“Life course research reveals both the bright sides and the dark sides of the human experience. This fuels the passion I feel around matters of social inequality.” 

Timeless lessons from the edge of change 

To be sure, many things are unique about the 1900 generation. But they are also a “hinge generation” between past and present: Dramatically different from generations before them, they initiate a set of changes that continue evolving in generations after them.  

One timeless theme relates to the experience of rapid social change. “This kind of change leaves us deeply unsettled, that we can’t keep pace with what’s going on in the world around us, and that our well-being is fragile and our futures uncertain,” Rick says.  

“So often, in reading transcripts from those living in this generation, I felt that if I hadn’t known when the interviews were conducted, I could easily have assumed they were contemporary voices.”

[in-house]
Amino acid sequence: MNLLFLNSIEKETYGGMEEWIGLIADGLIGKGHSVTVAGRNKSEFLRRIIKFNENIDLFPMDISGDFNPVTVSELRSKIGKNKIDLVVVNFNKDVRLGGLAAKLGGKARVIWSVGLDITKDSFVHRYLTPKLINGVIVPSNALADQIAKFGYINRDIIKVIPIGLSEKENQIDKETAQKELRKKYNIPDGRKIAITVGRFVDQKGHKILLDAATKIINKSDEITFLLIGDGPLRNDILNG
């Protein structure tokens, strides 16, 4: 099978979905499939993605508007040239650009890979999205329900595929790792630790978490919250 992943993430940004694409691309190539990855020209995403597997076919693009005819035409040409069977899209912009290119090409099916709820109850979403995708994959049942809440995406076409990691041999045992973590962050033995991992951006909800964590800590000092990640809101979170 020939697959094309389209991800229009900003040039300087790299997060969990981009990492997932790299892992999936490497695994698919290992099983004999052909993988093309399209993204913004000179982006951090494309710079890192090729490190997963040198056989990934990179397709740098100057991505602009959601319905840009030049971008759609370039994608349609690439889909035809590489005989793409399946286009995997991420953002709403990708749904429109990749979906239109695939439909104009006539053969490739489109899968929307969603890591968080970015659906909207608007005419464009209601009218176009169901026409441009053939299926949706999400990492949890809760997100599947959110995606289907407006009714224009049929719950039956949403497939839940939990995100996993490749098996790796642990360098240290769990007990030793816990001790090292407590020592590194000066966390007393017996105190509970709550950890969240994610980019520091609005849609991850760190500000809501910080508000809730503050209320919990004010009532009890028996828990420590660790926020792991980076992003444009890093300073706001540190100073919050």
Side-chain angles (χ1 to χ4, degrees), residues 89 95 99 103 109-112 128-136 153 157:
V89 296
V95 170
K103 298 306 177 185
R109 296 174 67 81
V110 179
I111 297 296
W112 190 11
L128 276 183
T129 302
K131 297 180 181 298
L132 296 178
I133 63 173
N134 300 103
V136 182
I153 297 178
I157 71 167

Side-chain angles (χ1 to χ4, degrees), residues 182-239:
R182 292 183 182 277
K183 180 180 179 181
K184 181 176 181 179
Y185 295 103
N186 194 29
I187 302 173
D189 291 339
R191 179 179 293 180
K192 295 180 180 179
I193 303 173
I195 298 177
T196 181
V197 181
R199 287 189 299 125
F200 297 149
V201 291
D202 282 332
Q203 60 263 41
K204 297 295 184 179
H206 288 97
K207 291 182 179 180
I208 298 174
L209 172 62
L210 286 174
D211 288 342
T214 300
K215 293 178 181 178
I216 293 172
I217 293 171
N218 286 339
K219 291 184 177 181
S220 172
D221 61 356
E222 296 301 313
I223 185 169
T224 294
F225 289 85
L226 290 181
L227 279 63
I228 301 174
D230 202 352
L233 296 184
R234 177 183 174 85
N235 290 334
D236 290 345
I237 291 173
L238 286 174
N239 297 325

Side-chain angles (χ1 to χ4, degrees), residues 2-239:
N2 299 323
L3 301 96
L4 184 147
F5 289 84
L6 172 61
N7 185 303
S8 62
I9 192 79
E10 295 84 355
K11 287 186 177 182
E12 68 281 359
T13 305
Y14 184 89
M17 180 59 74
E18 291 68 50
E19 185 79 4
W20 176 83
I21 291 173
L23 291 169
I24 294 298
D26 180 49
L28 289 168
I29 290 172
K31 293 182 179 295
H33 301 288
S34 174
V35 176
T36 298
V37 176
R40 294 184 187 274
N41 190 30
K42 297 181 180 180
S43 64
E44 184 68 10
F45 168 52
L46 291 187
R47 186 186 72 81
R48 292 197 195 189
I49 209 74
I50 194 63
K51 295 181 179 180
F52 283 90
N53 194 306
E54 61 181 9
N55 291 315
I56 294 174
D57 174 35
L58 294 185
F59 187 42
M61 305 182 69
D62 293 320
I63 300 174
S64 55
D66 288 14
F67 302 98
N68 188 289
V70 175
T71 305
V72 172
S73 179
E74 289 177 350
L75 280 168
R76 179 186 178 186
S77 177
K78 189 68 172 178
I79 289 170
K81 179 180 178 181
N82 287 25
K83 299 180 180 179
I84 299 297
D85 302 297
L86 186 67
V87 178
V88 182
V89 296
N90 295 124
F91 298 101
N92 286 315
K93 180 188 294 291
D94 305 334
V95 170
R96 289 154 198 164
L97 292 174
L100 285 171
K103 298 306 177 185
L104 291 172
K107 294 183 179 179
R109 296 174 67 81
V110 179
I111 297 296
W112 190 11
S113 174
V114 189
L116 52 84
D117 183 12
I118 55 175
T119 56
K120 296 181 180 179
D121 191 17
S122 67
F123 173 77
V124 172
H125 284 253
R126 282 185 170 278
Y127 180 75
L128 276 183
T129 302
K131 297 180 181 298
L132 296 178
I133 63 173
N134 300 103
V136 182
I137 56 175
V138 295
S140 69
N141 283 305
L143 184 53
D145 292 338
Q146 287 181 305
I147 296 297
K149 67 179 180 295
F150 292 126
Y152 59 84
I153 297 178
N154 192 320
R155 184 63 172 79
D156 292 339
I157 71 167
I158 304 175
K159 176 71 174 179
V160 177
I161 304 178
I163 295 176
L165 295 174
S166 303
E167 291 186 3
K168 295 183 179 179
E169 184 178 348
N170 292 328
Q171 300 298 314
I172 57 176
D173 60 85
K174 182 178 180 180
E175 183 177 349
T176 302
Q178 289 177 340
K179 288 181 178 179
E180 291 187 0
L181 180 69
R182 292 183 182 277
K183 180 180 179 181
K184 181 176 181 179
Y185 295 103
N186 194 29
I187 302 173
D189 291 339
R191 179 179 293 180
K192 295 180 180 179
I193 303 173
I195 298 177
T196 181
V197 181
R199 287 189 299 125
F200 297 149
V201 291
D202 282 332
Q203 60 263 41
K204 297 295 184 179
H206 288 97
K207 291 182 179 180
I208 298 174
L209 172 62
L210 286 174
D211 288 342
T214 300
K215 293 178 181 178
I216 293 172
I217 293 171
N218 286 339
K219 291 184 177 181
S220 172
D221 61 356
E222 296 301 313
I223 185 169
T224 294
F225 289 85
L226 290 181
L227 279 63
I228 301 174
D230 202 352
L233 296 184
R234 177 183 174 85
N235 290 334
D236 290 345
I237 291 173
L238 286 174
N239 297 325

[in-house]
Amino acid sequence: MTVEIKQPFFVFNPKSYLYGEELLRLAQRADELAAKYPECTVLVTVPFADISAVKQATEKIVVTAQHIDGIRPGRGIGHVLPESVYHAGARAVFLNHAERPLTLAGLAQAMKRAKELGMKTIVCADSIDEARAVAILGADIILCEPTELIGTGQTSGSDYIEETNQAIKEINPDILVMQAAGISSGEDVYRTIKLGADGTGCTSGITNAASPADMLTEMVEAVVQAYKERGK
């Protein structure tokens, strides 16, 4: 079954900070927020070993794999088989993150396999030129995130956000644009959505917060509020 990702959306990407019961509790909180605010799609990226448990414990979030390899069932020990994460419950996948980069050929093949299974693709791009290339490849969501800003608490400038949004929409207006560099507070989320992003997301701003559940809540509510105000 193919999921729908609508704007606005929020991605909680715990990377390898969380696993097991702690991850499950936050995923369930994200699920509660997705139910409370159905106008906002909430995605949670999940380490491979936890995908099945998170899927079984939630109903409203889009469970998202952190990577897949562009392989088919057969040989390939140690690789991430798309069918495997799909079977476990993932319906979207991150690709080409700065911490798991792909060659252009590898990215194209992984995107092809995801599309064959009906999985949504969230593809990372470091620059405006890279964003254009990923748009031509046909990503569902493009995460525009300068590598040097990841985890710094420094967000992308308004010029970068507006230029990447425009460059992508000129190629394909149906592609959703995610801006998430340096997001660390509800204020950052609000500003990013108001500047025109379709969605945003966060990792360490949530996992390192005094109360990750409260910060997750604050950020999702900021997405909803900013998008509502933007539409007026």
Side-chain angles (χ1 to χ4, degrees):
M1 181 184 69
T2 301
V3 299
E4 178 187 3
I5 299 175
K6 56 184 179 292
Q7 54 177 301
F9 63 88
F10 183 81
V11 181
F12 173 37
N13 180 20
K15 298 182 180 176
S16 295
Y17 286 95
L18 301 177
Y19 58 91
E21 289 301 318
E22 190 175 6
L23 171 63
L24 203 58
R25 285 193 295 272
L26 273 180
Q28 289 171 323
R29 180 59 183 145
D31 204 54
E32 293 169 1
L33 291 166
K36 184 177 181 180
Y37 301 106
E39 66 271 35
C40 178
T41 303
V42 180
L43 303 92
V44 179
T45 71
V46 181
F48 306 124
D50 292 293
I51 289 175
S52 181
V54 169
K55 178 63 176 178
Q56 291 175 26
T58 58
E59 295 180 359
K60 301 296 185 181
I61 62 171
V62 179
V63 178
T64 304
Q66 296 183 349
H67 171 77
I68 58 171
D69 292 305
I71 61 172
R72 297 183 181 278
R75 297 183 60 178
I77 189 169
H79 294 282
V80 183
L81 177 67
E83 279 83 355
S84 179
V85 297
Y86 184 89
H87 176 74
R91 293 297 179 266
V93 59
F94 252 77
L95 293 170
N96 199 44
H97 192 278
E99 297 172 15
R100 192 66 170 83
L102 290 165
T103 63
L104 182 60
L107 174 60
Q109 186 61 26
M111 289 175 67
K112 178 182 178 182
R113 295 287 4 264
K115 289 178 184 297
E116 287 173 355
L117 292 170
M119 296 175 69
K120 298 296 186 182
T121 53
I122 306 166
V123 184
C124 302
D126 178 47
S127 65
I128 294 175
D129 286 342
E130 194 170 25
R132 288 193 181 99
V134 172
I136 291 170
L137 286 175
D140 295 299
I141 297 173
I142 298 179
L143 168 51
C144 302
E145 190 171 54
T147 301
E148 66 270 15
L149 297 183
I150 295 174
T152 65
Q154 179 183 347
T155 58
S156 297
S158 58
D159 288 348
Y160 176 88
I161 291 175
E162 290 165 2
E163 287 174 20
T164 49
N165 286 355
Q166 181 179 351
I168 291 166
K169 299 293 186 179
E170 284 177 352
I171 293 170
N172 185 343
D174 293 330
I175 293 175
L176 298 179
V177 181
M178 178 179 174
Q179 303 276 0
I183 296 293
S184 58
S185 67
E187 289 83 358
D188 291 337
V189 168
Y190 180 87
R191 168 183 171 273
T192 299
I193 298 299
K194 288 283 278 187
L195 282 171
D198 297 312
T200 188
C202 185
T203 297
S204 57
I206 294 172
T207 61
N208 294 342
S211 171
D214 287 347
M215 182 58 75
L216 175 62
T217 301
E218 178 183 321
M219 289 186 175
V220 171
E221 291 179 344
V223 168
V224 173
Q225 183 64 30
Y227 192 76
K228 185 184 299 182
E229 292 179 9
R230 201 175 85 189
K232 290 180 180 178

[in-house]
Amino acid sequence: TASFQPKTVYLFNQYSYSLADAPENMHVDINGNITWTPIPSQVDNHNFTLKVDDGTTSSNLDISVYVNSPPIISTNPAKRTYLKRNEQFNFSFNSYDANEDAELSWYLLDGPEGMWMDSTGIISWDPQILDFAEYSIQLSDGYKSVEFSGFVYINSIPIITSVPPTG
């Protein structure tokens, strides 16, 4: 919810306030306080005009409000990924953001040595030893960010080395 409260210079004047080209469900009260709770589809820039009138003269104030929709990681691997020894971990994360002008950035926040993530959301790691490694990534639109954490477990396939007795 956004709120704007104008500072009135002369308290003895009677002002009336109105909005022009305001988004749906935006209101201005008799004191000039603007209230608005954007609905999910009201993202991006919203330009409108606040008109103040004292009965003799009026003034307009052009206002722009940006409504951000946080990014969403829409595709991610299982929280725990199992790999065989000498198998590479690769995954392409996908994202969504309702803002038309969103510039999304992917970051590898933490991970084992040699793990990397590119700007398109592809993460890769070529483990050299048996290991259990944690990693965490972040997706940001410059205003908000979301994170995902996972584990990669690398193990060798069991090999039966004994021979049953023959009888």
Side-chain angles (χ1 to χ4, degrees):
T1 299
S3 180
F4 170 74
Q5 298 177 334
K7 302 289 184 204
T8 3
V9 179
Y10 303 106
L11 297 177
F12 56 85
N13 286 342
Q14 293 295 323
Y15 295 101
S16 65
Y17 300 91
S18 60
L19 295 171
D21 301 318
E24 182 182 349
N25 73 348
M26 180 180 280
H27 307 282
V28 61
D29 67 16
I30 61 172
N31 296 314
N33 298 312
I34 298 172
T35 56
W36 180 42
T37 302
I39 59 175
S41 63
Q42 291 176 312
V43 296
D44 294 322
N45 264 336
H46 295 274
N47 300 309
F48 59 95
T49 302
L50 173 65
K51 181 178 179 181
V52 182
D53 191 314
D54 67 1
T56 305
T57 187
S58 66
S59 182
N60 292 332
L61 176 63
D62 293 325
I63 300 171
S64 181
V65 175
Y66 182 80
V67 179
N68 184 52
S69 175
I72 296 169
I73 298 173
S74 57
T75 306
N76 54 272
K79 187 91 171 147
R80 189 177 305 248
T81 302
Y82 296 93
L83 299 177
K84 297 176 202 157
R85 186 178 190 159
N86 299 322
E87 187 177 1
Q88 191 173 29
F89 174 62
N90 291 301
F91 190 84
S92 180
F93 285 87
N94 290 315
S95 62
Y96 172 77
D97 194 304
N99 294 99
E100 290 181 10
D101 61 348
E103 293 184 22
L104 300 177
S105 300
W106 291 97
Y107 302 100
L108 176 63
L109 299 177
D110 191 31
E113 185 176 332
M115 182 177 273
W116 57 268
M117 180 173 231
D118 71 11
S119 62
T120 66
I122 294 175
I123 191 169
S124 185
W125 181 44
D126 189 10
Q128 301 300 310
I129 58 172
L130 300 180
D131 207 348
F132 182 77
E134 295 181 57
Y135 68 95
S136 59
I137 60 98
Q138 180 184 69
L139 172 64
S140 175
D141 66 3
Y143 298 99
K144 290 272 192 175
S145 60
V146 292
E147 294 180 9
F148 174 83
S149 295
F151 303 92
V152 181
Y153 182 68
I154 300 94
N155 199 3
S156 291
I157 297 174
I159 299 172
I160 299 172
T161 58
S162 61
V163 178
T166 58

Some of these modern parallels include: 

  • Men feel the weight of the provider role and separation and even alienation from family life. They want to be better husbands and fathers. 
  • Women, many of whom had worked before WWII, feel the weight of family responsibility and desire more expressive men and more “companionate” marriages. 
  • Parents are concerned about raising their kids in a world they don’t understand and are worried about protecting them from life-changing risks. 
  • Families struggle to support one another and feel the private burdens of giving and receiving. These are families who in the first few decades of their lives did not have the government resources or programs we know today. The need for “charity” in the community or “public aid” brought shame.  
  • Families struggle to live together, especially when parents move in with adult children. 
  • Parents must make strategic and sometimes difficult decisions about family planning due in part to finances. 
  • The ingredients of a good marriage include marital compatibility, alignment with respect to finances, sex, child discipline, and relationships with family. 

Another thing that’s as true across generations, he says, is people’s resiliency, seen most recently in our response to the COVID-19 pandemic and the necessity of reimagining nearly every aspect of living, learning, loving, working and playing.